Credit & Copyright: NASA Swift Obs.; Data: B. Cenko (NASA's GSFC), A. Beardmore (U. Leicester) et al.; Processing: J. Miller (U. Michigan)Explanation: Why would x-ray rings appear around a gamma-ray burst? The surprising answer has little to do with the explosion itself but rather with light reflected off areas of dust-laden gas in our own Milky Way Galaxy. GRB 221009A was a tremendous explosion -- a very bright gamma-ray burst (GRB) that occurred far across the universe with radiation just arriving in our Solar System last week. Since GRBs can also emit copious amounts of x-rays, a bright flash of x-rays arrived nearly simultaneously with the gamma-radiation. In this case, the X-rays also bounced off regions high in dust right here in our Milky Way Galaxy, creating the unusual reflections. The greater the angle between reflecting Milky Way dust and the GRB, the greater the radius of the X-ray rings, and, typically, the longer it takes for these light-echoes to arrive.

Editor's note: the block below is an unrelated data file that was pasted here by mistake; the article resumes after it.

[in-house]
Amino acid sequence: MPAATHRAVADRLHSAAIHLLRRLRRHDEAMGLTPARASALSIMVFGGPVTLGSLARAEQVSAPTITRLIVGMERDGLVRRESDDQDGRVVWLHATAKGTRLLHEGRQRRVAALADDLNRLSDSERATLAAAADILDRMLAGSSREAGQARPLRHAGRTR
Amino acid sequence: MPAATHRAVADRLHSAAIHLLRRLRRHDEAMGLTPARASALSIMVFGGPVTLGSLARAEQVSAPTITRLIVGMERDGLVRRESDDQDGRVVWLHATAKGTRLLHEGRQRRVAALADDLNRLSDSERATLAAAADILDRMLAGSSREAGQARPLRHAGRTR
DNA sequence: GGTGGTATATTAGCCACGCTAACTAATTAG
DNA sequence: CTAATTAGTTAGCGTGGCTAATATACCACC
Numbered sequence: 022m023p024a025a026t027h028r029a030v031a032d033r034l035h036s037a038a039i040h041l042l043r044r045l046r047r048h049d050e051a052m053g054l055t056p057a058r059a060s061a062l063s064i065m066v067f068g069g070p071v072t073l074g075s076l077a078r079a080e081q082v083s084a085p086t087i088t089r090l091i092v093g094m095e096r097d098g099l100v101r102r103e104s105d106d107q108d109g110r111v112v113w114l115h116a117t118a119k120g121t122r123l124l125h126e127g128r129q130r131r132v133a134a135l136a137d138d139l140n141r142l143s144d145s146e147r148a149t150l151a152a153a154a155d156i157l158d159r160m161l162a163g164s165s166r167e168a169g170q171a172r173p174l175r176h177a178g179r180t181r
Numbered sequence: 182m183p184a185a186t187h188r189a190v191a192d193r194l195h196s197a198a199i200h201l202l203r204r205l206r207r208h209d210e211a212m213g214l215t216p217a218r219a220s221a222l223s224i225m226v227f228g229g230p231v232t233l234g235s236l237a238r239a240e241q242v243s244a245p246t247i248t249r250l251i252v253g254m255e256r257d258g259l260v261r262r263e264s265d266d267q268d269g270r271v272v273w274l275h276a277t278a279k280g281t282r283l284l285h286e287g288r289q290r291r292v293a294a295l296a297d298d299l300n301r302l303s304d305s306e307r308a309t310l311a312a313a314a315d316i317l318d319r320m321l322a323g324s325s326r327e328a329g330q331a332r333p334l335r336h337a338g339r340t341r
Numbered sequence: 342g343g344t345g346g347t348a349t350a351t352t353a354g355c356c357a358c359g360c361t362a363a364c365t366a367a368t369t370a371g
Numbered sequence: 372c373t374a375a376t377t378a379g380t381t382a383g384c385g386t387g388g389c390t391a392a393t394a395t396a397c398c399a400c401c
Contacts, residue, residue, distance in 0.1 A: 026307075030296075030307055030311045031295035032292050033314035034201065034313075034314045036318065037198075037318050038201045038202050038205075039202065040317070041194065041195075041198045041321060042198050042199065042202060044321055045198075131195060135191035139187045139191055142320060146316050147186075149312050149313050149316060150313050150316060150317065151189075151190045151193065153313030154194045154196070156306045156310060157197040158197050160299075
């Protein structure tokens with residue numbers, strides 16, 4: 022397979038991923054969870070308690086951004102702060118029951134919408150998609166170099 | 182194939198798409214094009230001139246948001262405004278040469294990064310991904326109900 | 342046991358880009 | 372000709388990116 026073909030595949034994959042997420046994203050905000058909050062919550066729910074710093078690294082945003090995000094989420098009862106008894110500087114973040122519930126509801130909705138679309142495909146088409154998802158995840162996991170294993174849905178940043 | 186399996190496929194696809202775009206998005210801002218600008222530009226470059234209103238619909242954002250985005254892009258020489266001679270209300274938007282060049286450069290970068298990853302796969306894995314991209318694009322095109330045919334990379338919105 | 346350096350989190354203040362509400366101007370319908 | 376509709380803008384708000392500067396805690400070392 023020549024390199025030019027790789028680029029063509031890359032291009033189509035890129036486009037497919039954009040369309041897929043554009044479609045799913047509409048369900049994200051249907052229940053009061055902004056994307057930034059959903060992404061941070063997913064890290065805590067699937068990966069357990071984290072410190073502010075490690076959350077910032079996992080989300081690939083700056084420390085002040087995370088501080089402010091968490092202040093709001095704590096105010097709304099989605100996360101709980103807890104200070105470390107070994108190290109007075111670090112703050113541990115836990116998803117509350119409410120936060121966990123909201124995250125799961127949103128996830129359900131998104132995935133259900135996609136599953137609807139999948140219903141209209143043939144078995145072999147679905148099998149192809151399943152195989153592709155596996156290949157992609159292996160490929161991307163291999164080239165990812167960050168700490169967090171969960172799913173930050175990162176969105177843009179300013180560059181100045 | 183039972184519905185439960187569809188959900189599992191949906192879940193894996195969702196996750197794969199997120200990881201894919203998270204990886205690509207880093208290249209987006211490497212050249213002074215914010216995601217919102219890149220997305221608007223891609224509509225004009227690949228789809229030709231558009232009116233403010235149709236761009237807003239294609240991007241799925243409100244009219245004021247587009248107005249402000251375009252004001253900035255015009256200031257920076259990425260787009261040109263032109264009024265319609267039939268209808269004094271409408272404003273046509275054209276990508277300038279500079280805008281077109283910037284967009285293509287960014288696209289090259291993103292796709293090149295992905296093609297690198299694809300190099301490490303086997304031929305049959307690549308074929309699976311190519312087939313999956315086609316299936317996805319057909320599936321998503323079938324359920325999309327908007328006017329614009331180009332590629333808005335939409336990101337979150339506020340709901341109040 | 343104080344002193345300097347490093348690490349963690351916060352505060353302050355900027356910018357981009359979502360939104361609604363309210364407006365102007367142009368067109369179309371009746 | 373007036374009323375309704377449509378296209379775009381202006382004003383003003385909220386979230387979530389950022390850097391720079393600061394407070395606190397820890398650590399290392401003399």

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Publications with keywords: GRB
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